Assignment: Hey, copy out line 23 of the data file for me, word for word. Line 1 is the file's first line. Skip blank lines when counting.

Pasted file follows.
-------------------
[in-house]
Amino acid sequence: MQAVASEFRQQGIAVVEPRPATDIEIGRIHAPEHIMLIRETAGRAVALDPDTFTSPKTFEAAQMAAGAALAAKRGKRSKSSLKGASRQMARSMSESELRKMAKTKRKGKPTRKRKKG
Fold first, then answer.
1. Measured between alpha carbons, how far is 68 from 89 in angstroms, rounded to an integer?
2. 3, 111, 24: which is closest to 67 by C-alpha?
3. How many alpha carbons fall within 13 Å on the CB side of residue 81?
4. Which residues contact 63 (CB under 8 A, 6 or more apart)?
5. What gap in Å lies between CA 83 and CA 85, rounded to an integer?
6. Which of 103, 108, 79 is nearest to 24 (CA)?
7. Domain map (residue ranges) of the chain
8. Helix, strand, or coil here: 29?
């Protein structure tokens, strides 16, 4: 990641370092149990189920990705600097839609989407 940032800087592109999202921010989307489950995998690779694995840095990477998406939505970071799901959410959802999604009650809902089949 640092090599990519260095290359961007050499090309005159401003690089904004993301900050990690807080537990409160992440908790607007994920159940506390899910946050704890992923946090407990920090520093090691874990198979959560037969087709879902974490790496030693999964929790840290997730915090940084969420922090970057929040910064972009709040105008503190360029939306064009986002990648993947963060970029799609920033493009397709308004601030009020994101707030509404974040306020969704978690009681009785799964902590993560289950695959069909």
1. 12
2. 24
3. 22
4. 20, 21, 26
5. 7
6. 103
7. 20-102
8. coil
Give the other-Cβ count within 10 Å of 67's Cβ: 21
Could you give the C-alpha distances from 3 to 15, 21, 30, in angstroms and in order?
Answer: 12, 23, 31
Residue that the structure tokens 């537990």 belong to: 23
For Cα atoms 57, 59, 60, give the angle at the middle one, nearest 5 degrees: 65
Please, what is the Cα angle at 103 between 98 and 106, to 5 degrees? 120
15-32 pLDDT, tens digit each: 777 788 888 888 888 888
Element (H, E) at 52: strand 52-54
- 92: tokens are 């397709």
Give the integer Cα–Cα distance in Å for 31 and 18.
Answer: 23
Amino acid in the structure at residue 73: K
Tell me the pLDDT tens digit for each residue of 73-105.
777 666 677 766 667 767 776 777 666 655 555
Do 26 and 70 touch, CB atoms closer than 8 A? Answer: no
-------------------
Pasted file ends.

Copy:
Answer: 12, 23, 31